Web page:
The award-winning Broadway rock musical Rent brought its 20th-anniversary tour, which launched in September 2016, to the Merriam Theater on Tuesday. The 1996 musical follows a group of friends struggling to survive New York’s Greenwich Village during the onset of the 1990s — also the height of the AIDS epidemic.
The musical touches on such themes as love, class, sexual fluidity, and the trope of the starving artist. It has earned a place in Broadway history, both musically (being one of the earlier musicals to employ a rock-based idiom) and thematically (breaking new ground with discussions of HIV/AIDS and other subjects all but untouched by other Broadway shows). The Kimmel Center run is sold out, reflecting that pride of place; a return engagement is planned for October.
Alas, this Rent did not live up to its reputation.
The set was impressive. Metal sculpture and mangy furniture portrayed an industrial, loft-style apartment and effectively imparted a sense of hardship and scarcity. The show’s opening number, “Rent,” was boisterous but anticlimactic because of pitchy vocals from the ensemble. Understudy Cody Jenkins stepped in to play Roger, one of the most prominent roles. (The usual Roger, Joshua Bess, is fighting a respiratory infection and was on vocal rest as of this writing but is expected back sometime this week, according to Kimmel Center staff.) That may be why the show didn’t hit its stride until the middle of the first act.
The show’s biggest asset is its production values. The lighting, the live band, and the sound were all remarkably good, especially during numbers like “Tango: Maureen," performed by Mark (Logan Marks) and Joanne (Lencia Kebede). The two broke out into a tango session that was tense yet gentle. It also helped that both actors were vocally impressive, showcasing the big vocal reaches the number deserved.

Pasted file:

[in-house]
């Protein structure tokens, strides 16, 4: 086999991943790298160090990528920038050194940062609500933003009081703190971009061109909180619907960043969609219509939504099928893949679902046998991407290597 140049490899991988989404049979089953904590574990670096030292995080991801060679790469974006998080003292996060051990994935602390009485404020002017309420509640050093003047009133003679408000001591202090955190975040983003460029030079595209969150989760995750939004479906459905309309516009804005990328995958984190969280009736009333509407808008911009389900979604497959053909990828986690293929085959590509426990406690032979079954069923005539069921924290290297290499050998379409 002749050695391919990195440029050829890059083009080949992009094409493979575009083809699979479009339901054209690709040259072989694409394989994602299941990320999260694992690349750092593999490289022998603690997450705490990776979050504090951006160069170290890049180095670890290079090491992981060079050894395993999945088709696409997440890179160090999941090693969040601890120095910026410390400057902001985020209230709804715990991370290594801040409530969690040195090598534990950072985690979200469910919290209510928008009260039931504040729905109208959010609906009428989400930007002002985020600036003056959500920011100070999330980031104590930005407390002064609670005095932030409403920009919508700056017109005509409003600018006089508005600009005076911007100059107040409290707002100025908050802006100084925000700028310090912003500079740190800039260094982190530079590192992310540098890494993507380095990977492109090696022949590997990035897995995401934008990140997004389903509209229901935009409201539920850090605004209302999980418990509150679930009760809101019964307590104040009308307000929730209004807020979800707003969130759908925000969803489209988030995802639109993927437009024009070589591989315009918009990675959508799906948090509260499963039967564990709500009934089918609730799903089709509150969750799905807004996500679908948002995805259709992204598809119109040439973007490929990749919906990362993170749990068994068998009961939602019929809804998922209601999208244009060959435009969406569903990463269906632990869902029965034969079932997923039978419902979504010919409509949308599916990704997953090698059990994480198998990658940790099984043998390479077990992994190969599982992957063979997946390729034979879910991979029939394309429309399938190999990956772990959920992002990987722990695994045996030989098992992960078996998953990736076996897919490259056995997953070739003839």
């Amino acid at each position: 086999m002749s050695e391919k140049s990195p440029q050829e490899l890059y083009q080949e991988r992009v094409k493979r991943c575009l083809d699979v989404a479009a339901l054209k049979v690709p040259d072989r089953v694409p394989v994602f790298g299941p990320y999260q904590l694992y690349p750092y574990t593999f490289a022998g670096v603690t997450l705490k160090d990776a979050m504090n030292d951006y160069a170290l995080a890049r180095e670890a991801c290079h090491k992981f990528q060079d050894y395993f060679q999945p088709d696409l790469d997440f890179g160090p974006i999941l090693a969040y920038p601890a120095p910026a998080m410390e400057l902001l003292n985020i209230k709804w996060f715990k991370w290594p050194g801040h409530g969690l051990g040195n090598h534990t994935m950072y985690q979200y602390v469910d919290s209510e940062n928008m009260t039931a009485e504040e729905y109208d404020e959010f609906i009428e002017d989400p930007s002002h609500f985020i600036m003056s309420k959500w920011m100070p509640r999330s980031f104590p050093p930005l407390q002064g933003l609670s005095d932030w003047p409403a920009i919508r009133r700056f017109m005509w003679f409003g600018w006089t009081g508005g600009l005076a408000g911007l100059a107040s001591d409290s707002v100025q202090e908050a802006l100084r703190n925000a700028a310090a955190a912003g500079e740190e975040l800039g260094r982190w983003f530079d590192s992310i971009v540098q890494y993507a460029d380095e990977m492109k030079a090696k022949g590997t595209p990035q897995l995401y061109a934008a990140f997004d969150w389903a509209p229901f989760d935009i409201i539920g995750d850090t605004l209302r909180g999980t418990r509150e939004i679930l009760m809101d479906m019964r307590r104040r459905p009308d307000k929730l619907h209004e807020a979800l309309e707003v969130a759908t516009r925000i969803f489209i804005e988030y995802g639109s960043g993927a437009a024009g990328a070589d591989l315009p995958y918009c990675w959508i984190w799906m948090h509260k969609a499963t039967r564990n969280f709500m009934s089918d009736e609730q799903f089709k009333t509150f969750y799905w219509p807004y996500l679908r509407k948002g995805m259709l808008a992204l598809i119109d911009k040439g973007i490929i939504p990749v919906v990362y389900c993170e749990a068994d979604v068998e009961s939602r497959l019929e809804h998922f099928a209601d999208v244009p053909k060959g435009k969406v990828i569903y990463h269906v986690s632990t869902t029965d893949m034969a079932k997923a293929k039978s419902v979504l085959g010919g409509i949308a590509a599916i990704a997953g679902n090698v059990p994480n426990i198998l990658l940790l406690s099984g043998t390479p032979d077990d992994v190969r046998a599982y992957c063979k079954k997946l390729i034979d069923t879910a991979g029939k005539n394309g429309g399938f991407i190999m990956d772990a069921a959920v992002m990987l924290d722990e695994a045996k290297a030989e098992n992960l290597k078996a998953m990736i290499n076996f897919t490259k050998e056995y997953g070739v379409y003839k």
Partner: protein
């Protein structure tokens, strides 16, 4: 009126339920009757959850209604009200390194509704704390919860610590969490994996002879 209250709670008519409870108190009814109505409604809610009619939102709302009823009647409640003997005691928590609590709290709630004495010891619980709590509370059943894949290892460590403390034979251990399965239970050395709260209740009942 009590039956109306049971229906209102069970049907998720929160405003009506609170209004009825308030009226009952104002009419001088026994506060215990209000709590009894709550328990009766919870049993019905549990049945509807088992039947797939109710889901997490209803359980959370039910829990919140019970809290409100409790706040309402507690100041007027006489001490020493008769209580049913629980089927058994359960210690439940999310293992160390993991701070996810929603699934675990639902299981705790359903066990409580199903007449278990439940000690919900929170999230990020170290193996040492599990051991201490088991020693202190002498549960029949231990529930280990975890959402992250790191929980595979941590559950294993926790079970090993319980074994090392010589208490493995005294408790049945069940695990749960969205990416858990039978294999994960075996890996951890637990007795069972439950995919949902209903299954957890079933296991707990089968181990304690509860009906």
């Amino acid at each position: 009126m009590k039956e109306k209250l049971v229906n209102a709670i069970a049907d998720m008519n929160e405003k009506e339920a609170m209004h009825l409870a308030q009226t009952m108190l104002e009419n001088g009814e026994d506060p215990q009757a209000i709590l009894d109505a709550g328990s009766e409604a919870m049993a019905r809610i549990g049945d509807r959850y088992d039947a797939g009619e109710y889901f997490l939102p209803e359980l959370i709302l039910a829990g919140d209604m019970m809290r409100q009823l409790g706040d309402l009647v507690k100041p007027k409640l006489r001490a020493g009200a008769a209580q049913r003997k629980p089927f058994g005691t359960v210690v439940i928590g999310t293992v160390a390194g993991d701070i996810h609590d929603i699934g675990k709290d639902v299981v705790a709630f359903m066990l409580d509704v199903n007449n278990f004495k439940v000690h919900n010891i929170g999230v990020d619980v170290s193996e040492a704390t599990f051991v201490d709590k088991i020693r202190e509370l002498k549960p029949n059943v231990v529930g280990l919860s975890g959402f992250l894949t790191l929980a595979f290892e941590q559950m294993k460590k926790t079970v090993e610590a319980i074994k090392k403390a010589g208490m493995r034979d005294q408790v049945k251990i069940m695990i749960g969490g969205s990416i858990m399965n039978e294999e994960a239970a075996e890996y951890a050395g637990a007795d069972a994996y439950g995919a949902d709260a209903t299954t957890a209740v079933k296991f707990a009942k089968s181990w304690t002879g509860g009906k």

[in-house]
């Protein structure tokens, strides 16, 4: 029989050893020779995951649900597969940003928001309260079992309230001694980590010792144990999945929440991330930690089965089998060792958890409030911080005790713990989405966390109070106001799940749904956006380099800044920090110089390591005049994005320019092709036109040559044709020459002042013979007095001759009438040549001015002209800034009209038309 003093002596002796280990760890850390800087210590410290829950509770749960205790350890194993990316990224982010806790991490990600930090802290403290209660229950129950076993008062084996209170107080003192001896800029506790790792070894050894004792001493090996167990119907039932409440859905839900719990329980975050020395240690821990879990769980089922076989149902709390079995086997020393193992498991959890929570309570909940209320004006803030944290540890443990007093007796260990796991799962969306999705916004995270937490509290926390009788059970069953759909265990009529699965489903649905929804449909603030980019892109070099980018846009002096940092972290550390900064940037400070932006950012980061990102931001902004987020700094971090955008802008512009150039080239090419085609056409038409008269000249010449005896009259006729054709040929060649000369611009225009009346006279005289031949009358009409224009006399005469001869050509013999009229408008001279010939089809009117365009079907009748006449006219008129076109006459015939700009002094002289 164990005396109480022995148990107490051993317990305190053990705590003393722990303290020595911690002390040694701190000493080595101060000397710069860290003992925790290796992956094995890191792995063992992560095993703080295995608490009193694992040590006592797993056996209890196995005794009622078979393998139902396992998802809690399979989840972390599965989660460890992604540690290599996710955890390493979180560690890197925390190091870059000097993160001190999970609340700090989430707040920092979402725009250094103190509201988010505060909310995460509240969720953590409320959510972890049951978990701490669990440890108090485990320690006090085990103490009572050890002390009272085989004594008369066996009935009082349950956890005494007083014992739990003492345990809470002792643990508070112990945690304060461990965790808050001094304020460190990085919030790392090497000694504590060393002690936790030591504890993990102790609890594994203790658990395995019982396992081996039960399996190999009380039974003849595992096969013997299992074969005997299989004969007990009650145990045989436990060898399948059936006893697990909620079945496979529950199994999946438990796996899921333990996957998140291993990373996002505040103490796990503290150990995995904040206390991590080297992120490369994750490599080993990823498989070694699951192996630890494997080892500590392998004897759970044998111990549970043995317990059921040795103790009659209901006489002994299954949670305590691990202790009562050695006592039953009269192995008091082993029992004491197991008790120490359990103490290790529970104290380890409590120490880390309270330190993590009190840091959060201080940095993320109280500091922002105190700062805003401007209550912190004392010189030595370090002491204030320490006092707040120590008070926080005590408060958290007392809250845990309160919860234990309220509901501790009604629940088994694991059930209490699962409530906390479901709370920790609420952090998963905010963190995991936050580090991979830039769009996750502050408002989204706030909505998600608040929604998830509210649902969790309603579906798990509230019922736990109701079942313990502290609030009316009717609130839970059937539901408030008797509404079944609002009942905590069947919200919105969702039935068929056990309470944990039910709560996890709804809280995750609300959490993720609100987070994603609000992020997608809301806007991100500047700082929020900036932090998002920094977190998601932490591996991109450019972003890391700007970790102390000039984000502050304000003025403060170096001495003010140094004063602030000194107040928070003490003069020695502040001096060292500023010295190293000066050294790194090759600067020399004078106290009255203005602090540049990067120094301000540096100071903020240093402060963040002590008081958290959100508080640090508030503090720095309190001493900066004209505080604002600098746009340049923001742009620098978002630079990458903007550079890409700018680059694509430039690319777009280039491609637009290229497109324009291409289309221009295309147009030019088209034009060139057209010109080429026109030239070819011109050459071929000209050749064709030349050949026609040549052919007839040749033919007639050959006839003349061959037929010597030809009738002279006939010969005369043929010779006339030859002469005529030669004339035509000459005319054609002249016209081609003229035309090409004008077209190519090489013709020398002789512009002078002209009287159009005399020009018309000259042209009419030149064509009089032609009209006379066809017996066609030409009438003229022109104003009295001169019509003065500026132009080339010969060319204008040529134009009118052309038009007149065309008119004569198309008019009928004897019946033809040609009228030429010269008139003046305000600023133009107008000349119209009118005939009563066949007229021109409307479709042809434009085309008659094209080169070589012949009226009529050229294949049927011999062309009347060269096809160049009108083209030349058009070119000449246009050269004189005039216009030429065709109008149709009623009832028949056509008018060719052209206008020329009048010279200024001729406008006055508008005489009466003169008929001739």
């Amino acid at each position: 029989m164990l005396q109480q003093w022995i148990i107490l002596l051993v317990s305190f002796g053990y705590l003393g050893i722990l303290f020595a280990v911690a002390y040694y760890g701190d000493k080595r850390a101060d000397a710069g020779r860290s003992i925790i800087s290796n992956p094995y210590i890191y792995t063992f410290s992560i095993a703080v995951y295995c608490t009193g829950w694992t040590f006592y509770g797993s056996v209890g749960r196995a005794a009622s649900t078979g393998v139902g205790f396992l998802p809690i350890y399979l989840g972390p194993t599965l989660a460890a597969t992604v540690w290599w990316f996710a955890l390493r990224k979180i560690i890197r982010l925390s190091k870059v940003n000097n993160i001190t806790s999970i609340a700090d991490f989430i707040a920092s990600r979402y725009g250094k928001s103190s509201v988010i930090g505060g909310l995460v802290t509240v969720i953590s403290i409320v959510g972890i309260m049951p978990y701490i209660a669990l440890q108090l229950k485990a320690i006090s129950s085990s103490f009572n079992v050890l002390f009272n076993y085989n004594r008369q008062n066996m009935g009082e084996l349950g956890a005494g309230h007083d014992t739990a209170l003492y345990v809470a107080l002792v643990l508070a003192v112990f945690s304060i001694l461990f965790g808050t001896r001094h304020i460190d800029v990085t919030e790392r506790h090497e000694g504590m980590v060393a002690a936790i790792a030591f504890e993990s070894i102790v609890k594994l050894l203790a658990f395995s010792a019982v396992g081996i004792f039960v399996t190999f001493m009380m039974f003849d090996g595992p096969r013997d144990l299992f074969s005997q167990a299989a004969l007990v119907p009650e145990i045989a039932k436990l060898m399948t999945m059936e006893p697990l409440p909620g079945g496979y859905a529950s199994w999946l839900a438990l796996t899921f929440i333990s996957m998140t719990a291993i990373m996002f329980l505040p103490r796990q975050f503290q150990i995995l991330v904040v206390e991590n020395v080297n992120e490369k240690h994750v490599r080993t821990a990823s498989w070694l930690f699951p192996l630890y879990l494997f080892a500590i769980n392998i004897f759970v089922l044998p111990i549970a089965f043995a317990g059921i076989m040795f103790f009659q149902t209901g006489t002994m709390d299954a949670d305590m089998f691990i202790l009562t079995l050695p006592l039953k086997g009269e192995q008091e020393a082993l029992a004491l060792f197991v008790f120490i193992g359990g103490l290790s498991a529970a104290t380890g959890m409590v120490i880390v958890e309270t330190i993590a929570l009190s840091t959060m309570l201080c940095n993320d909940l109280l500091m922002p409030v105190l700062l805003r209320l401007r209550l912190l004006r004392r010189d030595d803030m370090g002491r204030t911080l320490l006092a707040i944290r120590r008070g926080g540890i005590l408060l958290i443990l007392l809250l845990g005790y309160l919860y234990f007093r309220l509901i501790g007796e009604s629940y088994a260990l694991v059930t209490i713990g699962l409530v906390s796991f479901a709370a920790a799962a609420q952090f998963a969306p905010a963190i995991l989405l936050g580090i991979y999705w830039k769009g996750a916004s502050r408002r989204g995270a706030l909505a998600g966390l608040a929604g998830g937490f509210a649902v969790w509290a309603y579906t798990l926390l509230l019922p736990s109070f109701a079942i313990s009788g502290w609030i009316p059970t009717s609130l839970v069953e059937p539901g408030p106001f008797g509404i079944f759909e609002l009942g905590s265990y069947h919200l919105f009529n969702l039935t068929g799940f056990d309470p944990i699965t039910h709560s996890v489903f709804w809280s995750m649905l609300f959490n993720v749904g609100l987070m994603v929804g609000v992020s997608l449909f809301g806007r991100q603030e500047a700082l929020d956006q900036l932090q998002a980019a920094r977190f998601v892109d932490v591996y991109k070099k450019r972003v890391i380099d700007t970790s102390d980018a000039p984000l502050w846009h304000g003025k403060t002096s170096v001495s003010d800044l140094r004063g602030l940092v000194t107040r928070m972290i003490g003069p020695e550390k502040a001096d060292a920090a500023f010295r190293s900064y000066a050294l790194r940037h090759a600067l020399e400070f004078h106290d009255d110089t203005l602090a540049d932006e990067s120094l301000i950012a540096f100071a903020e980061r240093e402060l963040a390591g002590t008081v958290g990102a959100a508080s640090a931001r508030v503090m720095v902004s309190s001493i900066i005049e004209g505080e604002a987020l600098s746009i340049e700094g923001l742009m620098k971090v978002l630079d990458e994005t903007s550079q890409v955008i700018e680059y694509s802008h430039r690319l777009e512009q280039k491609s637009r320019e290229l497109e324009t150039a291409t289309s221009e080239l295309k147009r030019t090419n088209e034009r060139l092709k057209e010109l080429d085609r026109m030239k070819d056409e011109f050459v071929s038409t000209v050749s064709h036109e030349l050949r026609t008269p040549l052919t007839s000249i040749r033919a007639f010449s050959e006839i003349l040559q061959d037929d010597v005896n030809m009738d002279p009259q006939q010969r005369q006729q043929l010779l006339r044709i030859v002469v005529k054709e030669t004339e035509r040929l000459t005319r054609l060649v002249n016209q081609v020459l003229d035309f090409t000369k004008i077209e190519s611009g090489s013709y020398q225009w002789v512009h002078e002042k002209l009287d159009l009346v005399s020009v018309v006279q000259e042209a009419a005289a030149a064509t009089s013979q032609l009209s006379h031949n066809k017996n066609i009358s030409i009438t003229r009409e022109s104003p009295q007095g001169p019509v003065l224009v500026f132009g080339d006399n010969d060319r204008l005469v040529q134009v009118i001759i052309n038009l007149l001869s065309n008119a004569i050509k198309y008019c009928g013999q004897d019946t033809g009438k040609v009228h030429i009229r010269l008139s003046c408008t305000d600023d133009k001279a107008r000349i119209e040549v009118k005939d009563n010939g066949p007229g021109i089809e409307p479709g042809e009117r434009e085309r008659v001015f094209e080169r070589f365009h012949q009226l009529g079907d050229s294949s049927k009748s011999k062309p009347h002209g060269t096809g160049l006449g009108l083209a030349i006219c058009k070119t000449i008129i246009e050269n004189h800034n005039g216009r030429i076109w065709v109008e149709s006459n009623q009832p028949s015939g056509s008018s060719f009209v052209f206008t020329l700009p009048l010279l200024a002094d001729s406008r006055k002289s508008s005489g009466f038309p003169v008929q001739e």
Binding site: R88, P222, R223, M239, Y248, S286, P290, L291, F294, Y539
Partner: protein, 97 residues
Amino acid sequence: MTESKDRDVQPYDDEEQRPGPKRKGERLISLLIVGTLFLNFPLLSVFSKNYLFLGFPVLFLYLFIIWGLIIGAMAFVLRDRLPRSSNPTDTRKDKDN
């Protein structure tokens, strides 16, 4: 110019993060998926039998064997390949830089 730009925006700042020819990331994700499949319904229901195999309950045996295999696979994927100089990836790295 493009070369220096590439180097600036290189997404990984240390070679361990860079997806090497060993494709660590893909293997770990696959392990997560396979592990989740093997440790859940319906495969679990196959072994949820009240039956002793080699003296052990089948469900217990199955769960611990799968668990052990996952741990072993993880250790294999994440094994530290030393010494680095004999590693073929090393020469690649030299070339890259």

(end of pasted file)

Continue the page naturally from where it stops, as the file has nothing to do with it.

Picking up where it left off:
Javon King as Angel gave one of the most memorable performances with “Today 4 U." Angel is an HIV-positive, gender-fluid individual who meets and falls in love with Collins (Devinré Adams) but eventually dies from AIDS complications. “Today 4 U” is an energetic, percussion-thumping song that allowed King to show his acrobatic skills. King, in a pair of high-heel boots, used every inch of the stage. Every high kick, twirl, and leap seemed to be precise and beautifully timed. King also stood out as one of the cast’s most powerful vocalists.
There was a missed opportunity in the role of Mimi (Deri’Andra Tucker). Though Tucker was in full physical control, suggesting an extensive training in dance, her vocal ability left much to be desired. There was earnest effort in her renditions of “Light My Candle” and especially “Out Tonight." But her efforts missed the mark in songs that had much potential. She was only one of several vocally challenged singers on stage.
The show reached an emotional peak with the cast’s performance of the seminal hit “Seasons of Love" at the top of the second act. The entire ensemble sang, "Five-hundred, twenty-five thousand, six hundred minutes” with bravery and authenticity that translated to the audience very well. Ad libs from Jasmine Lawrence were chillingly good and rightfully applauded.
Rent relies heavily on the context of the early ’90s, but that might work against the production in some ways. Our attitudes about HIV/AIDS and gender fluidity have changed so quickly they seem to have left Rent behind. It speaks of its own time, but not to ours.